Tuesday, April 10, 2007

There were still strong connections, especially through Gene Roddenberry, who had developed TNG. As executive producer for its first years, he nurtured the next generation of producers and writers. Rick Berman professed fealty to the Roddenberry universe, or the Roddenberry formula for Star Trek’s success. GR had mentored and deeply impressed young writers and creative producers like Ron Moore and particularly Michael Piller, and the TNG actors who would assume more creative responsibility for the feature films as time went on.

The balance between the generations involved in this film was always weighted towards the new, but over time it became more so. After the decision was made to include the original crew in some opening scenes, several TOS actors declined. It’s been reported that Leonard Nimoy was approached to direct the film, but was told that there wasn’t time to make the changes in the script he requested, so he declined. Instead, David Carson, who had directed TNG episodes and other television, became the director of “Generations.”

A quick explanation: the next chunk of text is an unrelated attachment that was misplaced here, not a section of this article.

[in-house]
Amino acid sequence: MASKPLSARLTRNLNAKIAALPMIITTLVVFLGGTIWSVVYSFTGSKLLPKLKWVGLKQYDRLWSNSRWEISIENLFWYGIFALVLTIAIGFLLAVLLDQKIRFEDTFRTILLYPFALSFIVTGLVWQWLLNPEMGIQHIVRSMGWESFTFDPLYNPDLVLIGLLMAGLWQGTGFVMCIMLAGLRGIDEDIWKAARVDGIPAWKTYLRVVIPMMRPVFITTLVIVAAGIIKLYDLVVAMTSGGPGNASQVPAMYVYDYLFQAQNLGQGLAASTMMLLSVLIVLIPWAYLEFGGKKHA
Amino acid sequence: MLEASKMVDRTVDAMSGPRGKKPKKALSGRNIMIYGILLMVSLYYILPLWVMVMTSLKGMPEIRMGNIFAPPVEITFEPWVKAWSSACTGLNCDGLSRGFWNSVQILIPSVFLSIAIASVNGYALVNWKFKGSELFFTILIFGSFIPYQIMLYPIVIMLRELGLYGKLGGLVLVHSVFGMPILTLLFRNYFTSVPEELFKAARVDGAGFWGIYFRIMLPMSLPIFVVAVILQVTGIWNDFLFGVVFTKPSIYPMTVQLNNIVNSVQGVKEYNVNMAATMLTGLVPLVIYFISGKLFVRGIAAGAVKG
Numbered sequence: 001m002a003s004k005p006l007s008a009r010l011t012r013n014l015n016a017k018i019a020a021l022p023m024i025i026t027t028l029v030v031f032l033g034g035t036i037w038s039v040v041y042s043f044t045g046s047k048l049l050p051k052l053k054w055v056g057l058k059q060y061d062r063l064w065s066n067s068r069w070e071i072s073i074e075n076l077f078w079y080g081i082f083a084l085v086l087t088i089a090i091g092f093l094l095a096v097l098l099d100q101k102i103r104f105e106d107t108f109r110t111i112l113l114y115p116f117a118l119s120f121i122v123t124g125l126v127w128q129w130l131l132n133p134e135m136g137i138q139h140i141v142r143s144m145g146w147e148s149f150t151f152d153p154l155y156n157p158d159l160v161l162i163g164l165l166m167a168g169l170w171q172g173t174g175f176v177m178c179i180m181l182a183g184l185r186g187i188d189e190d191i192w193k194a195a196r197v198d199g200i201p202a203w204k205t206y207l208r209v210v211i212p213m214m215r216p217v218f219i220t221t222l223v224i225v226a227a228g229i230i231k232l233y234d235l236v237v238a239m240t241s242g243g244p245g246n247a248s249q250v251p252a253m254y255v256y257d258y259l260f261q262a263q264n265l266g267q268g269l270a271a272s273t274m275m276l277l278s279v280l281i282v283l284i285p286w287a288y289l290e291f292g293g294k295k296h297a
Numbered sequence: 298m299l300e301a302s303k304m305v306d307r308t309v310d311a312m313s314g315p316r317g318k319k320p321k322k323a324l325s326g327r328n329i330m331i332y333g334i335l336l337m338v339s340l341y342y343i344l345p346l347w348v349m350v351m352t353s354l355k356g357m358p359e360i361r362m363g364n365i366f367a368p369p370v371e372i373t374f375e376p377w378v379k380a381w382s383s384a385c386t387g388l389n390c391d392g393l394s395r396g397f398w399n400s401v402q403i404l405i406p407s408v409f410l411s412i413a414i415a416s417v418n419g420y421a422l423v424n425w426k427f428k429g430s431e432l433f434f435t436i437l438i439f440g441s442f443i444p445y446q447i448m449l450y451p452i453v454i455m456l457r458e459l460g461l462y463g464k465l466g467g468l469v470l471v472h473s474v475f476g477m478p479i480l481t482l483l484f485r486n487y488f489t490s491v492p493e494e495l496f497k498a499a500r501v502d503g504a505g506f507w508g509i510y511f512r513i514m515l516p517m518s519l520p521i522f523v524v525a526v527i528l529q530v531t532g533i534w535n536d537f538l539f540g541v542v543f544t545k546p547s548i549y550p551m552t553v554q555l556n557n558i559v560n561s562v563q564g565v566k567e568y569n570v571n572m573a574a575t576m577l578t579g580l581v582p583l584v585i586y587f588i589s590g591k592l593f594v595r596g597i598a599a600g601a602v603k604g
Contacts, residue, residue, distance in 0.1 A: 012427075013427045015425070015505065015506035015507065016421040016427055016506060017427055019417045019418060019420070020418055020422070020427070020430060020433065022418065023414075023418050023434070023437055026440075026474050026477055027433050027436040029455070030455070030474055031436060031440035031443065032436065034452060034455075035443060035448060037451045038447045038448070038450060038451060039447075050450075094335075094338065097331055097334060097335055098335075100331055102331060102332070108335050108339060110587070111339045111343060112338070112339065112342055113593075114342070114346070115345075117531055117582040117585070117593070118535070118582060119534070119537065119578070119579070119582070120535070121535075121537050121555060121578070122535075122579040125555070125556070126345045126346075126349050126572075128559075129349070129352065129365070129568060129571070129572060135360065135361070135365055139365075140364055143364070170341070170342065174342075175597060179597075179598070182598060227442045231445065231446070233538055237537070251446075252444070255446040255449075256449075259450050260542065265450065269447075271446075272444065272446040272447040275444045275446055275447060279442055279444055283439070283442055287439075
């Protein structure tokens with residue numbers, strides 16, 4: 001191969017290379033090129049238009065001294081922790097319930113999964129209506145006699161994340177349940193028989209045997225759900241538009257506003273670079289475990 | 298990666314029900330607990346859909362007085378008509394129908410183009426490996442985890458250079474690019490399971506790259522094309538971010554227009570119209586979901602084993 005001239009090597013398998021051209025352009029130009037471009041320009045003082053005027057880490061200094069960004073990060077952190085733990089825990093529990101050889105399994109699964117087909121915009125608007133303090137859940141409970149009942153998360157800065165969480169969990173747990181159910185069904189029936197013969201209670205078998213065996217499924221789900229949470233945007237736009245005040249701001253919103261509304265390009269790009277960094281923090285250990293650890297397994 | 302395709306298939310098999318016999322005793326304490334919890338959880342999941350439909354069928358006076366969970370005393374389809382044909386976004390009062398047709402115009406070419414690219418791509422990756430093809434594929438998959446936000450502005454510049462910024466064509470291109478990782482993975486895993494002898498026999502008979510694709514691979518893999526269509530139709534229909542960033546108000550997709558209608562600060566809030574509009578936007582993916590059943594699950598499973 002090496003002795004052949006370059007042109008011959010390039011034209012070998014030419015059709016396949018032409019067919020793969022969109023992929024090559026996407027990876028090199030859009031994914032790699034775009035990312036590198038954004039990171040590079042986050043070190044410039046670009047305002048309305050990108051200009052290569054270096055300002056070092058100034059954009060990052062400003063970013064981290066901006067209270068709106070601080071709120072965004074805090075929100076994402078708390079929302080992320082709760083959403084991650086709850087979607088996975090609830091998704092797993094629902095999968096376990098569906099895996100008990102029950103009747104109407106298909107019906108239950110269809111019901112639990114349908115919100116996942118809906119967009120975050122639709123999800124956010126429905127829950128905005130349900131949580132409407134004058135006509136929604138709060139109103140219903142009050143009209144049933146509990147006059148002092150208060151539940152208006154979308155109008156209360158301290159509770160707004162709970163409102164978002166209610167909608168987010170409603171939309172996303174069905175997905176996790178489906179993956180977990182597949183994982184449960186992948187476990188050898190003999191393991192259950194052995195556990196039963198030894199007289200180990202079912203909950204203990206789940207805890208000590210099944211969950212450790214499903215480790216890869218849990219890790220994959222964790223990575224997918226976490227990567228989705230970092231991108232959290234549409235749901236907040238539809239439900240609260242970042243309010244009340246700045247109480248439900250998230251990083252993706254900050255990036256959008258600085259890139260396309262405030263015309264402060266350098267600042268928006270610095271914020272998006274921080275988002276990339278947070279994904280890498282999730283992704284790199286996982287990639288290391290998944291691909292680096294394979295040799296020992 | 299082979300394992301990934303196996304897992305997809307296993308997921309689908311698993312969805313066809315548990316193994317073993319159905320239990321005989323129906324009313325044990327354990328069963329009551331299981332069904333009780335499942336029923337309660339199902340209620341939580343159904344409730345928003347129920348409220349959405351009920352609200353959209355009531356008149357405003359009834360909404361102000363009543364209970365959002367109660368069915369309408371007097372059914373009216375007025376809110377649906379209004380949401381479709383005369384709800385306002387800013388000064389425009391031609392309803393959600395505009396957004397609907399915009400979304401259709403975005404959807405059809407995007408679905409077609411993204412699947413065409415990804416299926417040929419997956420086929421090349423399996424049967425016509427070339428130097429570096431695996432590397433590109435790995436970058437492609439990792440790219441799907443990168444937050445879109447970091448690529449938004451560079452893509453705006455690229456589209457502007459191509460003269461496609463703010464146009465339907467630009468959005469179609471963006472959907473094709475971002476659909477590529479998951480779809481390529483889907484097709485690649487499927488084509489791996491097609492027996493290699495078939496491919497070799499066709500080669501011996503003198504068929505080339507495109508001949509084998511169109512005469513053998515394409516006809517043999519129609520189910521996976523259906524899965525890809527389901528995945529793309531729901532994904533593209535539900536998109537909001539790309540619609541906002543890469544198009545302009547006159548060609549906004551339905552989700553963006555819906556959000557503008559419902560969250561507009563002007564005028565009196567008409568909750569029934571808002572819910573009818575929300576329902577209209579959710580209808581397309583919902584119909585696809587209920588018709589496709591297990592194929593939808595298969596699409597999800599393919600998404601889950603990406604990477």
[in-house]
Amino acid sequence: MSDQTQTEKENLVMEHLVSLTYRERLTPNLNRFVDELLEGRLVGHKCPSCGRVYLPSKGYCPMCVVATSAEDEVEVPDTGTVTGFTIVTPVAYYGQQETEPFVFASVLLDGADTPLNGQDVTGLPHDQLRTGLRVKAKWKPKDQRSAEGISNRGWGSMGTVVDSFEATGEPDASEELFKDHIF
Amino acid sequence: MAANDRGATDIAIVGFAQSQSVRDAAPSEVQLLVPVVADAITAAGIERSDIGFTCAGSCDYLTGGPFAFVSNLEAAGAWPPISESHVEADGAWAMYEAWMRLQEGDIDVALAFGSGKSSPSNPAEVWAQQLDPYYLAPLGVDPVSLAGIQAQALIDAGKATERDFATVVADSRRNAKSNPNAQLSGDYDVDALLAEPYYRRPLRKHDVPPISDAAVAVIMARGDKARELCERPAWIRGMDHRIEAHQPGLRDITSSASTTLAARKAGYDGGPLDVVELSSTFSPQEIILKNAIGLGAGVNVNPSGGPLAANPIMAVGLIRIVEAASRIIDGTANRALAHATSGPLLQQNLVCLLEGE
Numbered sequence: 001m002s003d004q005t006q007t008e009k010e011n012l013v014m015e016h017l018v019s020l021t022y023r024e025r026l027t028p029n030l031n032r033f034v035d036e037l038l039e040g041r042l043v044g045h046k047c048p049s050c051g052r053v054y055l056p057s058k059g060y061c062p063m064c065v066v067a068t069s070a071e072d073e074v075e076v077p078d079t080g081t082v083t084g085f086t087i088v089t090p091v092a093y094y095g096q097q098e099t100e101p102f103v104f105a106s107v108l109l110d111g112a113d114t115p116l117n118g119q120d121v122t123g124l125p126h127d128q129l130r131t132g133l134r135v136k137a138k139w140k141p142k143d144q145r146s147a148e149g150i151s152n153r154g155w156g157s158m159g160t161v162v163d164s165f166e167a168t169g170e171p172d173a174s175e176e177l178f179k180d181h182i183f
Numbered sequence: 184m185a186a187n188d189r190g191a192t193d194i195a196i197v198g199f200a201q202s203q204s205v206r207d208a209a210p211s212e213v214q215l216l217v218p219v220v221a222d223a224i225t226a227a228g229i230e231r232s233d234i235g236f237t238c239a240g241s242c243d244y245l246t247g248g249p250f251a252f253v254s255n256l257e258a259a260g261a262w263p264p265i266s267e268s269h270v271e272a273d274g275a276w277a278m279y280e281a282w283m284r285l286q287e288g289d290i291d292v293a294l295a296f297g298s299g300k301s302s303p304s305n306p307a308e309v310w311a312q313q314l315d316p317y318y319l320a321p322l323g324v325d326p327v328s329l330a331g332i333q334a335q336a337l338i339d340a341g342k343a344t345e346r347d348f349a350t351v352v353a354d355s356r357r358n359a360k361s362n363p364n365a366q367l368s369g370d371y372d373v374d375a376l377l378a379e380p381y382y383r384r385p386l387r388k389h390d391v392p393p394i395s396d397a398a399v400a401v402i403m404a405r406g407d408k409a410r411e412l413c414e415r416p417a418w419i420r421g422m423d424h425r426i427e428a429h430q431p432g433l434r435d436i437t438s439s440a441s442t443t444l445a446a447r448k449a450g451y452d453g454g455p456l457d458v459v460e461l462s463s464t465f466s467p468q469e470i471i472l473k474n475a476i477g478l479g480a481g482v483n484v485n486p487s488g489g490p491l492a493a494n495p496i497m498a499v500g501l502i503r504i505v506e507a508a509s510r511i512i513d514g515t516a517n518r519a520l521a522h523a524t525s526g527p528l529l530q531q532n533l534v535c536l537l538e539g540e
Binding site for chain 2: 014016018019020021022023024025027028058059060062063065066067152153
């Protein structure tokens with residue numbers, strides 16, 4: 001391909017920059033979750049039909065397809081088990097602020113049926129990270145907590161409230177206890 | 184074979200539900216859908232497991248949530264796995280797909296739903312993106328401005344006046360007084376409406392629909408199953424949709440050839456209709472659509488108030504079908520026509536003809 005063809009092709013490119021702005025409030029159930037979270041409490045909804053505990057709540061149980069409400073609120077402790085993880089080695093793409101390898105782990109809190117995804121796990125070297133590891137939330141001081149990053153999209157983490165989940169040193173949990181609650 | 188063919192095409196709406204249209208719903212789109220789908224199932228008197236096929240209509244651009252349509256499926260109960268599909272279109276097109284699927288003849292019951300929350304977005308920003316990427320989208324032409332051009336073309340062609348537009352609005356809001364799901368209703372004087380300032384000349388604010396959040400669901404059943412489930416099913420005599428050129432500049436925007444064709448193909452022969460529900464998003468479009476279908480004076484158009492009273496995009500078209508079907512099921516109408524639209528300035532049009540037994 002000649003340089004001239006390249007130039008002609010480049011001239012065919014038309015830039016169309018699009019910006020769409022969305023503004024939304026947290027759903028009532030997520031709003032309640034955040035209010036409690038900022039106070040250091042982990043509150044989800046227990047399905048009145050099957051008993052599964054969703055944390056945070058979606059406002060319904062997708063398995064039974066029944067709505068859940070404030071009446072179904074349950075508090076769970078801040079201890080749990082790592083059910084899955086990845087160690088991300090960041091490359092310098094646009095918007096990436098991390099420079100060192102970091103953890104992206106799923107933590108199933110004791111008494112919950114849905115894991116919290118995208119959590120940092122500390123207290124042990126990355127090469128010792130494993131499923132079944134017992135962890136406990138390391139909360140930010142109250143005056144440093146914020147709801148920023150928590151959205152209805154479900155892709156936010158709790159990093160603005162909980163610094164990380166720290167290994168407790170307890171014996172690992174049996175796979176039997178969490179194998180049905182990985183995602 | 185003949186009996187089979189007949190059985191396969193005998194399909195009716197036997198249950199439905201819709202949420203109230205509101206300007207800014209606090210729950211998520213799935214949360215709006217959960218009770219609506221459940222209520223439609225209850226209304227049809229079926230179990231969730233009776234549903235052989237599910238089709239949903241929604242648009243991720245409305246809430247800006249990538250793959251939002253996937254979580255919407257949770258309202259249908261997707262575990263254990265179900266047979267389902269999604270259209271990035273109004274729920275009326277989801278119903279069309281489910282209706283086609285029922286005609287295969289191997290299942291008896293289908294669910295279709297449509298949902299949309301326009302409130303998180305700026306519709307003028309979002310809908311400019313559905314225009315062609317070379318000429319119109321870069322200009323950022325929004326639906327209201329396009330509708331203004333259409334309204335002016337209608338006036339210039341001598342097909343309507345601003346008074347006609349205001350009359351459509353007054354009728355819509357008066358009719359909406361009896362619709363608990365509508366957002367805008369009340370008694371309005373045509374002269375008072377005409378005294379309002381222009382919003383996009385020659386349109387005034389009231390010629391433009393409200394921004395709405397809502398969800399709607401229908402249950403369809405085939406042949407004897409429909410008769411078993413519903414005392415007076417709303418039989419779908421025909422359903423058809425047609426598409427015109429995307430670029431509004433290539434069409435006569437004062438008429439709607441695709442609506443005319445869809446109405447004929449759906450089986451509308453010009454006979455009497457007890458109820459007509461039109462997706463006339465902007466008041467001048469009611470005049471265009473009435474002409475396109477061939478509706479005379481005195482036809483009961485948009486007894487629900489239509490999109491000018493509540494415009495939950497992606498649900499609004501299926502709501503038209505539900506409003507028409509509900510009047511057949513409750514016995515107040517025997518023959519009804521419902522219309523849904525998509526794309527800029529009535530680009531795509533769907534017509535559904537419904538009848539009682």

The script was written by the team of Brannon Braga and Ronald D. Moore, young writer/producers whose first assignments were for TNG and then DS9. Berman had also asked TNG writers Maurice Hurley and Michael Piller to develop stories for the feature. Piller declined to engage in this competition, and Hurley’s story wasn’t chosen, though it was felt to be strong enough to consider for a subsequent feature.

As Braga and Moore described the process (on the DVD commentary and in various interviews), it involved assembling certain pieces: getting Kirk and Picard together (despite a separation of some 80 years), Kirk’s death, the crash of TNG’s Enterprise-D, etc., while meeting studio demands that it be comprehensible to an audience that somehow didn’t know much about Star Trek, that it include the ever-popular Klingons, a larger-than-life villain like Khan, a comic turn for Data.

They also had to respond to the preferences of the main actors, William Shatner (as Captain Kirk) and Patrick Stewart (Captain Picard of the 24th century Enterprise-D.) For at least part of this time, Braga and Moore were also writing the TNG finale on television, the now classic “All Good Things…” There was even overlap in the filming of the last episode and filming scenes of the movie.

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